Negative myoclonus refers to an abrupt involuntary movement caused by sudden, brief interruptions of muscle activity. Recently, the Task Force on Classification and Terminology of the International League against Epilepsy recognized negative myoclonus as a seizure type, defining it as an “interruption of tonic muscle activity for less than 500 ms without evidence of preceding myoclonia.” Clinically, negative myoclonus is classified into four types: asterixis, postural lapses, epileptic negative myoclonus, and physiologic negative myoclonus. Asterixis, which usually occurs in metabolic or toxic encephalopathies, is considered to be subcortical in origin but the cerebral cortex may be involved in some cases.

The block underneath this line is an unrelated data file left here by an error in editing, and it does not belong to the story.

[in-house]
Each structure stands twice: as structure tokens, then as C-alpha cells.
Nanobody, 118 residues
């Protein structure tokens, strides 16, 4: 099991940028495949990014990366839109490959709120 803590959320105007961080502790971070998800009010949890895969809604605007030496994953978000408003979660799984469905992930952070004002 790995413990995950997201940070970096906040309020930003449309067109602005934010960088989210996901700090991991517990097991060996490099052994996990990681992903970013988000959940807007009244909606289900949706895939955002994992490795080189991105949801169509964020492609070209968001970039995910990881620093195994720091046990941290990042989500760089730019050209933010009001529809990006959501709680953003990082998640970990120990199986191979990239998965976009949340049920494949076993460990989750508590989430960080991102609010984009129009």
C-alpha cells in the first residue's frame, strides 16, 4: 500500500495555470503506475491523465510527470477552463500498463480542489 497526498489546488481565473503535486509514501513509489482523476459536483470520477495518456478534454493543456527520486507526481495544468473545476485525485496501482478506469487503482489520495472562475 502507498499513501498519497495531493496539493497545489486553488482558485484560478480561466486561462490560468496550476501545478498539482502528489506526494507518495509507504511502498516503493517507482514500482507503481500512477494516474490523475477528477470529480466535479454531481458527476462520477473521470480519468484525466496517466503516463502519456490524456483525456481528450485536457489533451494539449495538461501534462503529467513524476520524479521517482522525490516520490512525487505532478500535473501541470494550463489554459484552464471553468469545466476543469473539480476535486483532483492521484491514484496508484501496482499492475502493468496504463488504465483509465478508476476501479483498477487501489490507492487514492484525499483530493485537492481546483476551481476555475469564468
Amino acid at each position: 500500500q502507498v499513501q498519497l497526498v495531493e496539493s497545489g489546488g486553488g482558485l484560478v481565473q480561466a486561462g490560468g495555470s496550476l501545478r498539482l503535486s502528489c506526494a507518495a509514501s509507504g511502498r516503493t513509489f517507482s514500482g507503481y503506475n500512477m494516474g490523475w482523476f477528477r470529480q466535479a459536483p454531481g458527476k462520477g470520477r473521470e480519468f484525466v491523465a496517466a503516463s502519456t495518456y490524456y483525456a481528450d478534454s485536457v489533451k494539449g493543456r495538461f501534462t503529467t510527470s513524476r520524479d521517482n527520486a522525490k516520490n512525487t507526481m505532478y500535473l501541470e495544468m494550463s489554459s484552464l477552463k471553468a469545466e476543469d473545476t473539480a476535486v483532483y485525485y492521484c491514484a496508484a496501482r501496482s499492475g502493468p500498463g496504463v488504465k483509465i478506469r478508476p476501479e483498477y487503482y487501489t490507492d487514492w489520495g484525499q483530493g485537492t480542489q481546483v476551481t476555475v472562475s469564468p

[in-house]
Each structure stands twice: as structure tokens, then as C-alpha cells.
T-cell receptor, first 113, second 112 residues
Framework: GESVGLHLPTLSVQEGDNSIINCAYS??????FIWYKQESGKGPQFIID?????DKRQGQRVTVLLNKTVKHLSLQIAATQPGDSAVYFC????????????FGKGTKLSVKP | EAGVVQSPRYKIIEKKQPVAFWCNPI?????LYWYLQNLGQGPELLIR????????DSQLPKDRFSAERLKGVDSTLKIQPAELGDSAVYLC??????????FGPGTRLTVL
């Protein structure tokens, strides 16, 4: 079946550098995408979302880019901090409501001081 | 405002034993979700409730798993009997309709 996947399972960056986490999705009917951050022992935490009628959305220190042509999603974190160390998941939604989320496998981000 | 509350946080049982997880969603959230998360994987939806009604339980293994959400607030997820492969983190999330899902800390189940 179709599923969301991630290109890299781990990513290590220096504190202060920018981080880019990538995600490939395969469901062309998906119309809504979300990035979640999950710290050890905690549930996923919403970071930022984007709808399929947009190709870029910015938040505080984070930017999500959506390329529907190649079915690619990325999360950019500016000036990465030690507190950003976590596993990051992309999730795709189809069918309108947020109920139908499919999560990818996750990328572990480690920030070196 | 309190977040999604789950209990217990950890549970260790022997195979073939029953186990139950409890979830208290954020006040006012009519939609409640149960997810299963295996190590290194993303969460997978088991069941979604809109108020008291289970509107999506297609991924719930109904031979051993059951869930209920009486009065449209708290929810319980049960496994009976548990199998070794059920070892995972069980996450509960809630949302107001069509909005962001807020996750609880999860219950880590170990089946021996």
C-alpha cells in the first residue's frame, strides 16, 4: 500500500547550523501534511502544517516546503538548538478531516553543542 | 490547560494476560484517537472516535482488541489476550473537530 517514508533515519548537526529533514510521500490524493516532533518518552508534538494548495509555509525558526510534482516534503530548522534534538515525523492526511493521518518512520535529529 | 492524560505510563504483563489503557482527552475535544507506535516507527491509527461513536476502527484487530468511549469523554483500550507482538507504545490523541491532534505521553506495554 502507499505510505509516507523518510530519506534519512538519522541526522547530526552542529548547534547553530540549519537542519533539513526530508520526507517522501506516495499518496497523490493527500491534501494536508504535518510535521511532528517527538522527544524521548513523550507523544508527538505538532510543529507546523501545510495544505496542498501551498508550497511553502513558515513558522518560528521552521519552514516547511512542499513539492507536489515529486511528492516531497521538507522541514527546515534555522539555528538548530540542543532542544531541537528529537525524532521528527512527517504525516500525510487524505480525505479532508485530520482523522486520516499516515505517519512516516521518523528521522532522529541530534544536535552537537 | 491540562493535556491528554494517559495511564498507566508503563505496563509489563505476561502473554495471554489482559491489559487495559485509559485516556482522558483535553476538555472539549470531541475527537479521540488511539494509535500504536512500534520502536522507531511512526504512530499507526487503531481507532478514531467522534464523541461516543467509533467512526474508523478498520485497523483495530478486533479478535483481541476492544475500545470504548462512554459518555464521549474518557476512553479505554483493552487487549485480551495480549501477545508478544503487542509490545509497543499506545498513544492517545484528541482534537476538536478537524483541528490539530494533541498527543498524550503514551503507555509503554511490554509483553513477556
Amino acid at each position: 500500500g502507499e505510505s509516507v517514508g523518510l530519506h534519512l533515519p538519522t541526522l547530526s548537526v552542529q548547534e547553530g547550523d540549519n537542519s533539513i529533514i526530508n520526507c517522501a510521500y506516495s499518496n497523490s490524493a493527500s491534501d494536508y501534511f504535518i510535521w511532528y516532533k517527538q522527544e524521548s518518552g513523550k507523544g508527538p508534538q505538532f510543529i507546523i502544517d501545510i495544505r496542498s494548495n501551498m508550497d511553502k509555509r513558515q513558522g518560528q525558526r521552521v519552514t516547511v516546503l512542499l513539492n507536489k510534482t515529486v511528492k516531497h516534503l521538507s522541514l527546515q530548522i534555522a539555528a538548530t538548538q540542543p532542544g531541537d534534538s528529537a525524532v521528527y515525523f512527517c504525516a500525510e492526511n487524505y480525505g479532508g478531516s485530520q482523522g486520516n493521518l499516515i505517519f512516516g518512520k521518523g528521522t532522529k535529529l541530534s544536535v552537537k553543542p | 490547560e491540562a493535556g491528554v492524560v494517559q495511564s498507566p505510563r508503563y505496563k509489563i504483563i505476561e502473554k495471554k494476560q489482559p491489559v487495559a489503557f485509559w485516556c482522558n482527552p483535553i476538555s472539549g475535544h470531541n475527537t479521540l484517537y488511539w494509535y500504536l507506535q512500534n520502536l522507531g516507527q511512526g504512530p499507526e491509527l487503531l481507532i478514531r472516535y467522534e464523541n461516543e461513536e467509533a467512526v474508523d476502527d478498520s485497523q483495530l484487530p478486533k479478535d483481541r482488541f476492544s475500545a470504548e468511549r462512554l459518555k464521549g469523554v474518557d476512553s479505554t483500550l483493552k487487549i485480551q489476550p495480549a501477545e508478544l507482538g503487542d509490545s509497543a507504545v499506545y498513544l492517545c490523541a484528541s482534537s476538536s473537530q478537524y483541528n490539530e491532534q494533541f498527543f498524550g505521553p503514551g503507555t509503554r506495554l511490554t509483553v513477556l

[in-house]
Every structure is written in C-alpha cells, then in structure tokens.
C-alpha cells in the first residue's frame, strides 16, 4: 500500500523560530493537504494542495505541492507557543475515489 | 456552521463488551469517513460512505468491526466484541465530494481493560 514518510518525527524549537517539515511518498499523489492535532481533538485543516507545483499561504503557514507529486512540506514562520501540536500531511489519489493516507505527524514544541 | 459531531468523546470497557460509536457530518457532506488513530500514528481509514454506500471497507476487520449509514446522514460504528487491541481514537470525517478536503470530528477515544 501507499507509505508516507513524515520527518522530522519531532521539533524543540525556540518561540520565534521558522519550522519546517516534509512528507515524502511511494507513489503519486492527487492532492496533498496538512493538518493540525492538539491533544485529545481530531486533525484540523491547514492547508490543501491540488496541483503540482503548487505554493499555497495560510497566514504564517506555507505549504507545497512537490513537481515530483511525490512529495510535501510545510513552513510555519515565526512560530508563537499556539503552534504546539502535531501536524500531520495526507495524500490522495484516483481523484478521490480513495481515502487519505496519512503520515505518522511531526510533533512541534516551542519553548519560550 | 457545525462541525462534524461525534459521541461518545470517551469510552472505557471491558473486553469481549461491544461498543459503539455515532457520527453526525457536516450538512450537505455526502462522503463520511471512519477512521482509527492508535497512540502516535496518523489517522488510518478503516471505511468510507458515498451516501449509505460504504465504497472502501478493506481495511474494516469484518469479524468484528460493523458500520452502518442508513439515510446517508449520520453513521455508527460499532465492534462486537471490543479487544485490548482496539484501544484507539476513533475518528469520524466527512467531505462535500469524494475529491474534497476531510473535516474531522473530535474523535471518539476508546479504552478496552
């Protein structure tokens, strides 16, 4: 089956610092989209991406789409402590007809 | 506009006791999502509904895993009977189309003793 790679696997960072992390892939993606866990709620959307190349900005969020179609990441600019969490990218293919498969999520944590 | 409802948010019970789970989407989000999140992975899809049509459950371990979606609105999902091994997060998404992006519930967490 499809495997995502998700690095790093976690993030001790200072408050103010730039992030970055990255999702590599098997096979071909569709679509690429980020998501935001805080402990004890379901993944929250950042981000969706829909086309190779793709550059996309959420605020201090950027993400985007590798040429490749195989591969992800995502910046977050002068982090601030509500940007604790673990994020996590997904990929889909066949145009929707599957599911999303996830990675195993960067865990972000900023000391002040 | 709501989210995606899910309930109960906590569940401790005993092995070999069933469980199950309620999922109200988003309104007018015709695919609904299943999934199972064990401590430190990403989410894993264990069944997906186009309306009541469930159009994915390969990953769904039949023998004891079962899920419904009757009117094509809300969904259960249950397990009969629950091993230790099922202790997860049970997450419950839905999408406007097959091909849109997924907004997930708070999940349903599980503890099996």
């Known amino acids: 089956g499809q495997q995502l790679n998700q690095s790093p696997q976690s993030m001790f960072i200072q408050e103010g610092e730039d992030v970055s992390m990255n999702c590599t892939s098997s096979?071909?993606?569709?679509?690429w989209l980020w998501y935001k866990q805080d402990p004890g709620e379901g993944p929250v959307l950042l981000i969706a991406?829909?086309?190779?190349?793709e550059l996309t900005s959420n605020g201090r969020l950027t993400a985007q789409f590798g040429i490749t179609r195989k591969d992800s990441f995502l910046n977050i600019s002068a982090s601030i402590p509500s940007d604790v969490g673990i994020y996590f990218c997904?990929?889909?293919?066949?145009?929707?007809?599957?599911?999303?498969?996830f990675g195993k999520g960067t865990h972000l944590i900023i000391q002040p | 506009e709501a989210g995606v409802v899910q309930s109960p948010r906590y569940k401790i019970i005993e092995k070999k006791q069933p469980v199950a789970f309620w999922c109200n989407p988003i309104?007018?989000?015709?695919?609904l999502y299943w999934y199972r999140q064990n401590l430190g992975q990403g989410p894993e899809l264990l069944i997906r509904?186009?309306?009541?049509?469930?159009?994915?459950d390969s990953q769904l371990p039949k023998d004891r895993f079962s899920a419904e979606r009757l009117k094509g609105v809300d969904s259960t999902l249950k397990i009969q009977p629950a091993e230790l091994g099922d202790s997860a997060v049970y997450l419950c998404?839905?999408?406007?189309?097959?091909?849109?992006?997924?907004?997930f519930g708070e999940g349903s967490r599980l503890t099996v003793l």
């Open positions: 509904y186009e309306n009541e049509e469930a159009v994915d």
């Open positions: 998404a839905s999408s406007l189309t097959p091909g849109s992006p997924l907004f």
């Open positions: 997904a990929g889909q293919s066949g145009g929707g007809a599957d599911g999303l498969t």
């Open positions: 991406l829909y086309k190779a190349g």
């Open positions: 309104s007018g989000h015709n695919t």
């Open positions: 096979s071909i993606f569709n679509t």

Examination shows an irregular distal upper extremity tremor and sudden jerks involving the hands and fingers bilaterally. When he maintains his hands in an extended posture, the jerky involuntary movements worsen and resemble a flapping tremor. There is an action tremor during finger-nose testing.
Negative myoclonus.mp4 (MP4 20,491KB)